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Body weight appears to be the main levothyroxine dose adjustment variable

CTFP Volume 11 Issue 6


Hypothyroidism is a common medical condition which causes deficiency or low level of thyroid hormone. Patients with hypothyroidism are treated by taking thyroid hormone pills on a daily basis. The majority of patients with hypothyroidism take a synthetic form of thyroid hormone called Levothyroxine. Levothyroxine structure is identical to T4, the main hormone secreted into the blood by the thyroid gland.

The dose of the Levothyroxine for any individual patient is different; the best dose should be able to keep the level of thyroid hormone tests (T4 and TSH) within the normal range and help to improve the symptoms of hypothyroidism. However, many patients with hypothyroidism do not take the right dose and are either over-treated or undertreated. Over-treatment may cause irregular heart beats and bone loss in elderly and under-treatment may cause symptoms like weight gain, fatigue as well as other serious health issues like higher cholesterol level, and in severe cases heart problems and even death.

In this study, the authors evaluated the effect of sex, age and body weight on the blood level of thyroid hormone in patients taking Levothyroxine.


Younis IR et al 2018 Stable isotope pharmacokinetic studies provide insight into effects of age, sex, and weight on levothyroxine metabolism. Thyroid 28:41–49. Epub 2018 Jan 2. PMID: 29212434


Participants in this study were patients with hypothyroidism who were treated at Georgetown University Medical Center. A total of 33 female and 8 male patients were included – 31 were younger and 10 were older than 60 years of age. They did not have any other major medical problem. Their weight ranged from 50 to 150 Kg. Their TSH and T4 blood test results were normal on the dose of Levothyroxine they were taking. They each took a single dose of radioactive labeled Levothyroxine after 8 hours of fasting, followed by breakfast 2 hours later. The radioactive labeled thyroid hormone made it possible for the researchers to measure and follow the blood level of the dose taken by each study subject. Patients had blood tests before taking the dose and in regular intervals up to 312 hours after the dose. The results were compared between the participants based on their sex, age and weight.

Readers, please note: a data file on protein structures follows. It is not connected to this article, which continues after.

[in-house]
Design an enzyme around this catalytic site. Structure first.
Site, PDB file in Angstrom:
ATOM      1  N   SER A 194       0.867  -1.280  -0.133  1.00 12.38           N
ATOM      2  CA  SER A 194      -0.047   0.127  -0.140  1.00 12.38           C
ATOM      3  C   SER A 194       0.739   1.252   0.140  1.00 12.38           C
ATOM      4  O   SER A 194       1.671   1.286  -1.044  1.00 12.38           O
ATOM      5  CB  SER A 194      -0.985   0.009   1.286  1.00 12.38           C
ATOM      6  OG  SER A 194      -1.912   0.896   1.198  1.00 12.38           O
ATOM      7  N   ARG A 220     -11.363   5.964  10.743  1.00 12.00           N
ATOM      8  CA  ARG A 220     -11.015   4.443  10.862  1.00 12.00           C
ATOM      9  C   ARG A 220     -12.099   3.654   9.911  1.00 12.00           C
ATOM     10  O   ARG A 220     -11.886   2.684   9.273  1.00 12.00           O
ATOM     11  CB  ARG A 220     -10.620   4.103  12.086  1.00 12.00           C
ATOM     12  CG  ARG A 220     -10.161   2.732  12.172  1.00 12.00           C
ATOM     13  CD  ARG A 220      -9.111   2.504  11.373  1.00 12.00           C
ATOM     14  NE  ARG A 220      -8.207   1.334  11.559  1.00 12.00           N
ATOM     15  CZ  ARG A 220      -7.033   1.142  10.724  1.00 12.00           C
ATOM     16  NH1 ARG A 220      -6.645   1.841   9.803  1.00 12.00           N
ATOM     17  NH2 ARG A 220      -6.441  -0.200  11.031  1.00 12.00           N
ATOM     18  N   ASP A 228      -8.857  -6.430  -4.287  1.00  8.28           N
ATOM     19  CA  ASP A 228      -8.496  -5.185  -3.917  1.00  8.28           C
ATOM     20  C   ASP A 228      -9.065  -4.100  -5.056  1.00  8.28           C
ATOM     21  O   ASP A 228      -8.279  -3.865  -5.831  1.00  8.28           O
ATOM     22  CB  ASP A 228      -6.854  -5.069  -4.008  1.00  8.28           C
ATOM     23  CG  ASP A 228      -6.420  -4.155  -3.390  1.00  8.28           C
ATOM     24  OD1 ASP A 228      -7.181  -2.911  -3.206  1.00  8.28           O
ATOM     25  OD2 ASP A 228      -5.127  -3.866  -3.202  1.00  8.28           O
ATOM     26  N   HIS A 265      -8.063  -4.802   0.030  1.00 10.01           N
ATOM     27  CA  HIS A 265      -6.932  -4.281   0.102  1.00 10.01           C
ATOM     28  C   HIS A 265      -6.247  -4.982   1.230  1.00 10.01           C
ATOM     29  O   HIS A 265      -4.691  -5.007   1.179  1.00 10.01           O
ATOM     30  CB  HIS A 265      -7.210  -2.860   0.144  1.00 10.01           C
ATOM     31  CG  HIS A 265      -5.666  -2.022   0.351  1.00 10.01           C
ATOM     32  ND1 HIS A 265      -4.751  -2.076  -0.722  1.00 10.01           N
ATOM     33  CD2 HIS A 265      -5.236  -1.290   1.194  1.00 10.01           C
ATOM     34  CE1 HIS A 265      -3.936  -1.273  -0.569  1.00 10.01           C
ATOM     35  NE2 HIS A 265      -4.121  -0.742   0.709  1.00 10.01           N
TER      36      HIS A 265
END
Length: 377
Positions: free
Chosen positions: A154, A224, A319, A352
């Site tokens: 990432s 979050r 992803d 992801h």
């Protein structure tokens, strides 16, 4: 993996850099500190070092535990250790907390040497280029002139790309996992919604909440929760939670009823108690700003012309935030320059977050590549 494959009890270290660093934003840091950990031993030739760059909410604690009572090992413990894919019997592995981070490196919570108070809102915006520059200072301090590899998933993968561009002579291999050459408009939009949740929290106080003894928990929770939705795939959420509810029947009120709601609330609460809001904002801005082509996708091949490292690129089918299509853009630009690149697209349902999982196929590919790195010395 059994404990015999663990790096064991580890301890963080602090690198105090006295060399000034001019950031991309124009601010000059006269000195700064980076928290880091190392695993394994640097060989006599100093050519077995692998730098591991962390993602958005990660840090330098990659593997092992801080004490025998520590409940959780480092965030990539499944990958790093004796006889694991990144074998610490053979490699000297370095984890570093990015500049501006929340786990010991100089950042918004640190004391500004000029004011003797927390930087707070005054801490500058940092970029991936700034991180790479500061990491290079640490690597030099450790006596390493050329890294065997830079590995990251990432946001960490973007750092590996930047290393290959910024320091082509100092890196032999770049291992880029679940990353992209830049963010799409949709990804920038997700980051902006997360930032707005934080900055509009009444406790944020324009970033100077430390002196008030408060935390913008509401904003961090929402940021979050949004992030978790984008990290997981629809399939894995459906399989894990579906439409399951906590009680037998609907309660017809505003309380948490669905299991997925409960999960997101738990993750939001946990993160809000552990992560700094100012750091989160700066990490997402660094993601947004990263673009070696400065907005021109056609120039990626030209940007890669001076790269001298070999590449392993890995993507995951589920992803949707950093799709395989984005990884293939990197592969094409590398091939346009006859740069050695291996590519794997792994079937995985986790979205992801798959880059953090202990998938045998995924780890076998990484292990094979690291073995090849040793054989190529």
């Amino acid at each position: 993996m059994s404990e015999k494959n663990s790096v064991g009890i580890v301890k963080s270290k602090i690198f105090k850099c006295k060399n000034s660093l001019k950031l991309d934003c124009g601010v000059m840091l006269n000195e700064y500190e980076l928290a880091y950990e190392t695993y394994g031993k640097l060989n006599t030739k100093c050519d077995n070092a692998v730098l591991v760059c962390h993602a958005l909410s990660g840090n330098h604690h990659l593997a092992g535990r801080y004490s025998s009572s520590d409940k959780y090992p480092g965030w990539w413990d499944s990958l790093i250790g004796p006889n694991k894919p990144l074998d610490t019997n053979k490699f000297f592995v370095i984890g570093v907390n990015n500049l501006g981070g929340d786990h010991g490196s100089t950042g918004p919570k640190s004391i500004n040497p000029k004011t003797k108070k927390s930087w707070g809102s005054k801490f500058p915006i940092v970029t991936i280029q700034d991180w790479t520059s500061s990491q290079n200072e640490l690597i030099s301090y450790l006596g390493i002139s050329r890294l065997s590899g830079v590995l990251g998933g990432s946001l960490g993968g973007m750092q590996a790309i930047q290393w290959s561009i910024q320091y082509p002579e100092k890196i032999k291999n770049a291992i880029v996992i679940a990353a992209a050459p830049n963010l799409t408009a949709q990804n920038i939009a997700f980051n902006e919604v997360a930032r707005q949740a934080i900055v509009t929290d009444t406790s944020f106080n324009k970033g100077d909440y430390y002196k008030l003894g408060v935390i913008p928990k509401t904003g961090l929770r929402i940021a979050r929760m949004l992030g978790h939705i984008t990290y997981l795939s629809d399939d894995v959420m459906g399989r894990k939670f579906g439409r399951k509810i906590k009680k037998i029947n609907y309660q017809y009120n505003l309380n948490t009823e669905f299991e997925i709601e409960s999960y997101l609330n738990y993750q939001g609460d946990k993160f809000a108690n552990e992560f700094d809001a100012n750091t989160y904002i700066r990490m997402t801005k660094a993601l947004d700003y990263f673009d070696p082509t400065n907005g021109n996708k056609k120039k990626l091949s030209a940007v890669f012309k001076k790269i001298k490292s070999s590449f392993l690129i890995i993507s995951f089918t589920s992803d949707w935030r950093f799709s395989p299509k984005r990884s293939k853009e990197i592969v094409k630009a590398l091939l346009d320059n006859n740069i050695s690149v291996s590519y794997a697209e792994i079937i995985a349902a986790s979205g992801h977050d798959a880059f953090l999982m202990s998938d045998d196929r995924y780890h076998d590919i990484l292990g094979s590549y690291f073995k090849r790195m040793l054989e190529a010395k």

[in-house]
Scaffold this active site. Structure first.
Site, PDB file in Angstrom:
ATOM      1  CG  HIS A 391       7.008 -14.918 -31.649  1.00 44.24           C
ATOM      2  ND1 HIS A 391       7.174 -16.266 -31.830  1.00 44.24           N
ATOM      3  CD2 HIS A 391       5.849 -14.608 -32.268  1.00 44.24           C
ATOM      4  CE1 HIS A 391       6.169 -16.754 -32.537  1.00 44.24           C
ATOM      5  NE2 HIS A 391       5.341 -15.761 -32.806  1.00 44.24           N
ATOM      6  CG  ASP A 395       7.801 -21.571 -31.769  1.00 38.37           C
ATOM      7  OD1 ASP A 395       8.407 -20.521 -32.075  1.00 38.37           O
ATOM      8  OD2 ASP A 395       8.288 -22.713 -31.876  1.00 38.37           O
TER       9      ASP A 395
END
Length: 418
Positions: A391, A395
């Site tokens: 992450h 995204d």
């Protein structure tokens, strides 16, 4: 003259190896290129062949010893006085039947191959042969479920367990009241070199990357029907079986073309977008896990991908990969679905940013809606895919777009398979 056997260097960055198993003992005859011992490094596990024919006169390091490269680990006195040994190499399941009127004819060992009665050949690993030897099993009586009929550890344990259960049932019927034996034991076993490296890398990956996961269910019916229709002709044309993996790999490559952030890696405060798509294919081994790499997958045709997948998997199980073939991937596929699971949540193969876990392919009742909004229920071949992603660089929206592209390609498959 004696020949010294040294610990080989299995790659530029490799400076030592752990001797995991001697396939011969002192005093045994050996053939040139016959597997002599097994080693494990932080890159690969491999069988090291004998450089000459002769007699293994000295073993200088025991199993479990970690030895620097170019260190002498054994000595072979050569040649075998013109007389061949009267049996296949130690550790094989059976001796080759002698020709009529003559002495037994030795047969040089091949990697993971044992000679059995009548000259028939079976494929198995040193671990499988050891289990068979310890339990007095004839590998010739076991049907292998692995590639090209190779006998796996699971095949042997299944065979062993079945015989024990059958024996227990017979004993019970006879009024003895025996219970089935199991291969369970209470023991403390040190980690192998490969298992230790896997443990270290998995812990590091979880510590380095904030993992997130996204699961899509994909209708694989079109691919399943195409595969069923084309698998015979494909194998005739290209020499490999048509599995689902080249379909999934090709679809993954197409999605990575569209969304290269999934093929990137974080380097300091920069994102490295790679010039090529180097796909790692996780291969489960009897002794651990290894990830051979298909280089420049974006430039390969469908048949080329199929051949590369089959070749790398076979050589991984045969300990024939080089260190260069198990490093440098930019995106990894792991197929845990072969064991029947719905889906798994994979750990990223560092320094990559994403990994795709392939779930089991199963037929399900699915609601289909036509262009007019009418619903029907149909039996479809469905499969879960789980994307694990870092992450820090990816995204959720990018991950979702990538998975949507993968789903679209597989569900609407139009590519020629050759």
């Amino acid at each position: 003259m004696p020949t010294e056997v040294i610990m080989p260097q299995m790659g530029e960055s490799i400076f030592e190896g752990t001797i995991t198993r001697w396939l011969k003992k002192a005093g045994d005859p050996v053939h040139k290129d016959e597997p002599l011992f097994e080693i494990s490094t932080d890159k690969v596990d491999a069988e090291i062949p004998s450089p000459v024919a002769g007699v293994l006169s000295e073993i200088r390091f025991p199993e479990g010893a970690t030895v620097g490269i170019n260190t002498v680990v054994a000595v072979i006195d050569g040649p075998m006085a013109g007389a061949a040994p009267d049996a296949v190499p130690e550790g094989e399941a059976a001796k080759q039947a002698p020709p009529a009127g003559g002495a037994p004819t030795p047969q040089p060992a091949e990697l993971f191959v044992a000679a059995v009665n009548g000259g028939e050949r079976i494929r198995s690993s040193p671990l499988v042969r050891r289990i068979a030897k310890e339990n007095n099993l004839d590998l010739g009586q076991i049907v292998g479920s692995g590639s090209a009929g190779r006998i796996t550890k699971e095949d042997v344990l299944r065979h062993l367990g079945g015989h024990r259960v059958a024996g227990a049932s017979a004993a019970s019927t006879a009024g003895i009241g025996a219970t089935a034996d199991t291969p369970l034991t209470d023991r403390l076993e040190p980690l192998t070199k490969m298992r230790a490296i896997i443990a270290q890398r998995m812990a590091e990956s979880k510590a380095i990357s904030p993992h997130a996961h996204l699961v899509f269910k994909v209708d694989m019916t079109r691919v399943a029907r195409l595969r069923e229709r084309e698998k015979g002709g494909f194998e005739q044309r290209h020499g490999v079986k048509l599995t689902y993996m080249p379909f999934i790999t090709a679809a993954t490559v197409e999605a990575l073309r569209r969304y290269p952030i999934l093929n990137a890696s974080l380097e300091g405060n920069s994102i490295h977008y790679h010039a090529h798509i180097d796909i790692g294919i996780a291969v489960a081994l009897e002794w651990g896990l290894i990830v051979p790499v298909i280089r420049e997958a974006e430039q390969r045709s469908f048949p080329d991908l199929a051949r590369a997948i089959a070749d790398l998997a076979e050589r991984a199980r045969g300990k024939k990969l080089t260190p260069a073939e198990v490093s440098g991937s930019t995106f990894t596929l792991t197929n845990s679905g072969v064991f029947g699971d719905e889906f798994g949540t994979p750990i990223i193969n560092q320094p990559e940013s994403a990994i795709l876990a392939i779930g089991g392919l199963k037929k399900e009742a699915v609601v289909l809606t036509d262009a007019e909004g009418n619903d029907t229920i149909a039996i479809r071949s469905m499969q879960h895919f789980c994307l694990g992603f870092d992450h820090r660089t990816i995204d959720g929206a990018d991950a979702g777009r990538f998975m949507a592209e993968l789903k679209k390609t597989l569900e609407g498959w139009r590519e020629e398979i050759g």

The study showed that age and sex did not affect the concentration of radioactive labeled thyroid hormone in blood but the body weight of participants did. Thus, the dose of Levothyroxine that results in normal blood levels of T4 and TSH is most closely related to the patient’s body weight.


The authors concluded that body weight should be considered when prescribing Levothyroxine and that the prescribed initial dose should be higher for patients with a heavier weight. The dose should be adjusted in regular intervals as necessary by blood test results and whenever there is a significant change in body weight.

—Shirin Haddady, MD


support thyroid researchHypothyroidism: a condition where the thyroid gland is underactive and doesn’t produce enough thyroid hormone. Treatment requires taking thyroid hormone pills.

Levothyroxine (T4): the major hormone produced by the thyroid gland and available in pill form as Synthroid™, Levoxyl™, Tyrosint™ and generic preparations.

Thyroxine (T4): the major hormone produced by the thyroid gland. T4 gets converted to the active hormone T3 in various tissues in the body.

TSH: thyroid stimulating hormone — produced by the pituitary gland that regulates thyroid function; also the best screening test to determine if the thyroid is functioning normally.